UNO alumnus battles cancer, hopes to inspire others


Sitting on the edge of a barstool, Derek Noel catches up with friends while cupping a drink, his tone casual and the wattage of his smile illuminating the dimmed pub.  It’s a late March night, the air cool outside and the bar unusually warm with body heat, but Noel doesn’t seem to mind. He is relaxed and optimistic, the attitude that defines the 2013 graduate of the University of Nebraska at Omaha. It’s the weekend before Noel is to receive treatment for cancer, but right now he’s just enjoying a drink and the company of his loved ones.
“I told my close friends what I was dealing with, but didn’t really share with everyone,” Noel said. “I didn’t want to make it into some big thing, but it was nice to go out with friends before the big day.”
Noel’s big day came on April 4, when he received a below the knee amputation to treat a rare form of cancer that only two out of a million people get diagnosed with each year.  At only 23 years old, Noel was diagnosed with Synovial Sarcoma, which attacks the soft tissue and began in his left foot.
“When I heard the word ‘cancer,’ it was like a hammer hit me,” Noel says. “It scared the hell out of me.”
About seven months ago, Noel began to feel an odd pain in his foot that persisted even after he iced it. Three months later and a bump started to grow.
After visiting several doctors and originally the lump being diagnosed as a cyst, Noel learned he had cancer when he visited Dr. Sean McGarry, who specializes in orthopedic oncology at the Nebraska Medical Center, and underwent a biopsy.
Since it took some time to receive the correct diagnoses, amputation was the best option in order to ensure that there was no chance of cancer cells spreading.
“I try to look at this as just a little bump in life,” Noel said. “If anything, this experience has taught me to not take anything for granted. I’m staying strong, positive and optimistic all the way through.”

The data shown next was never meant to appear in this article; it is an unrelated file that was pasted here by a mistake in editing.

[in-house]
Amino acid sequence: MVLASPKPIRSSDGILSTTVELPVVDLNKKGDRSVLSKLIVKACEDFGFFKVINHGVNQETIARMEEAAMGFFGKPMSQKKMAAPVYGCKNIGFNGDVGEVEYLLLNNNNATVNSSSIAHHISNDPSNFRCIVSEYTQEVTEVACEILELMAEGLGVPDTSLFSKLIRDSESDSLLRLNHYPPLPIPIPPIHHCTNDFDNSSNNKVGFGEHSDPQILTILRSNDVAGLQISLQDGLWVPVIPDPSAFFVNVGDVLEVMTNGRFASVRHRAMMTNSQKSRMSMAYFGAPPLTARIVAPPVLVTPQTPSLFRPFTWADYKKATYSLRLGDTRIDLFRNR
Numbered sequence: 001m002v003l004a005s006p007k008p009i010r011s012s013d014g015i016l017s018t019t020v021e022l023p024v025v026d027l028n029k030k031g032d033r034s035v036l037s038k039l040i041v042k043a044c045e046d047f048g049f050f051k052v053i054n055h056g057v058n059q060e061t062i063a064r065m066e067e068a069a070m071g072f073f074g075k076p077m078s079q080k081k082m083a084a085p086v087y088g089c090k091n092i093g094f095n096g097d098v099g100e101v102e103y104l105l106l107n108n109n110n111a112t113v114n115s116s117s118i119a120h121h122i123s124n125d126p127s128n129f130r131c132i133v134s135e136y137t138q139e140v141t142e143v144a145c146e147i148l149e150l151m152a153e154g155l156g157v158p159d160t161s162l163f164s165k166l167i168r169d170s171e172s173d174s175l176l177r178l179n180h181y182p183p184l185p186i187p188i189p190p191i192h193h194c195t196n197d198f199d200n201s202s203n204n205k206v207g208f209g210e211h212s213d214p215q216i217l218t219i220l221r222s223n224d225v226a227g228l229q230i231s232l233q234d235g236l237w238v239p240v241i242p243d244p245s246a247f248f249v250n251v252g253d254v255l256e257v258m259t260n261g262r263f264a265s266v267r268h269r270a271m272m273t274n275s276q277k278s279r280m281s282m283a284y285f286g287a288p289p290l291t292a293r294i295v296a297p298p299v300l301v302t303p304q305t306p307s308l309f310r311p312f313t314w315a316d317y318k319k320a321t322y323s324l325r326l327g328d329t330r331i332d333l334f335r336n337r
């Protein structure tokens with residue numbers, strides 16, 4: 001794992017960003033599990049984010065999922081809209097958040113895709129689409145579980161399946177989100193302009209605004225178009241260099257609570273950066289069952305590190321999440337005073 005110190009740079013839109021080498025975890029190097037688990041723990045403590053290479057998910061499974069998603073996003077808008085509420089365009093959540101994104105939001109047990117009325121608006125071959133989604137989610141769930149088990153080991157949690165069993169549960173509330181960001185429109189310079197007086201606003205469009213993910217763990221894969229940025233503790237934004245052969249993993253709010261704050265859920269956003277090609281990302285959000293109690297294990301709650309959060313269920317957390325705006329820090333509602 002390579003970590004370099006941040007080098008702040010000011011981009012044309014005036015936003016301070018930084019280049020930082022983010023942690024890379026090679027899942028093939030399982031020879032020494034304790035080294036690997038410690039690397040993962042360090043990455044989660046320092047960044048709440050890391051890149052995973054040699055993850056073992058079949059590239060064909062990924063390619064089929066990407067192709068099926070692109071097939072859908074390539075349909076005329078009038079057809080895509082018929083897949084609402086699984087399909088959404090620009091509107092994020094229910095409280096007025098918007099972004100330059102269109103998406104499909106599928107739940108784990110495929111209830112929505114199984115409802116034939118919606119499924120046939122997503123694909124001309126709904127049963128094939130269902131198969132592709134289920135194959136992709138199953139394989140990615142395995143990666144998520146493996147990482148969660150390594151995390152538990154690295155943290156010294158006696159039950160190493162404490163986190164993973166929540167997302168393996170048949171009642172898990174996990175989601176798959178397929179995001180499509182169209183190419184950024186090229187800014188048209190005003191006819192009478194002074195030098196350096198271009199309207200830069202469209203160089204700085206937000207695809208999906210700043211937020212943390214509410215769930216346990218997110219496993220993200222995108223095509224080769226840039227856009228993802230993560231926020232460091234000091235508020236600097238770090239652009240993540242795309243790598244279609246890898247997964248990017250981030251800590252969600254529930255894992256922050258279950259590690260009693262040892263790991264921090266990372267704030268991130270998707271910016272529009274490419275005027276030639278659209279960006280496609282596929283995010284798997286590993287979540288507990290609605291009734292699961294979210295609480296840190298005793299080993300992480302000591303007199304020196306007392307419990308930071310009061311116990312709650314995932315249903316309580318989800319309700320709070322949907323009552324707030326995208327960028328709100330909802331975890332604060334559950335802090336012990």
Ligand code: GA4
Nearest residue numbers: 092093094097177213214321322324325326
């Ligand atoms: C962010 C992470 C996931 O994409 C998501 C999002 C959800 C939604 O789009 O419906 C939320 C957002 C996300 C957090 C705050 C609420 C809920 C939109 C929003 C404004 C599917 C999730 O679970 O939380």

Noel isn’t alone in his battle. With a large support system- including his long-term girlfriend, Lora Kolobara, and his Pi Kappa Alpha fraternity brothers- the exercise science alumnus said it’s easy to have an optimistic outlook.
“It’s important that we support our brother in a time of need,” said Nick Harraill, a member of Pi Kappa Alpha. “He’s a great guy with a great attitude, and I know the chapter’s prayers are with him.”
This support system is stronger with the addition of his mother and father, who are both battling cancer as well. His mom has breast cancer and his dad has colorectal cancer, a family fighting together.
While his father undergoes chemotherapy, Noel said his mother is taking care of her son and husband and then worrying about herself. He also has an older brother, who he said is helping keep the family strong.
“I got my positive mindset from my dad. We are on this fight as a family,” Noel said. “We just take this day-by-day.”
After being diagnosed, Noel and his family quickly made the decision for him to undergo amputation. With no complications, Noel left the hospital after three days, his everlasting smile plastered on his face as he posed for pictures for his girlfriend.
Leading up to the surgery, Noel said he was anxious to get it over with, but he is now taking the adjustment in strides.
“I needed to accept that this had to happen in order to save my life,” Noel said.
His amputation will impact his life, but in positive ways, Noel said. He hopes his optimistic attitude during his struggle will inspire others and has considered becoming a motivational speaker.
“If I can give back to the community and help others with similar struggles, then I’ll be happy,” Noel said. “As an exercise science major, I devote my life to helping other, whether that be losing weight or learning to exercise. Now I can help others in a different way.”
For now, Noel is helping the community as a health specialist at Union Pacific. A Cubs fan and avid golfer, Noel has always incorporated athletics into his life and said he won’t let cancer stop him.
Looking towards the future, Noel is getting fitted for a prosthetic leg and hosting a fundraising “Leg Up” volleyball tournament on May 31 at Schmidley’s, open to the public to register for a team. The family is also accepting donations through their website at
“While it’s great that the volleyball tournament supports me to help get a prosthetic leg, my hope is that it gets everyone together to have a great time,” Noel said.
Since he has been home from the hospital, Noel hasn’t been taking any day for granted. From Wii bowling to wheelchair Frisbee, the UNO graduate says he is moving beyond cancer by looking forward to a July trip to Croatia and staying active.
“If there’s a beautiful day, I’ll get outside,” Noel said. “Taking one leg won’t stop me.”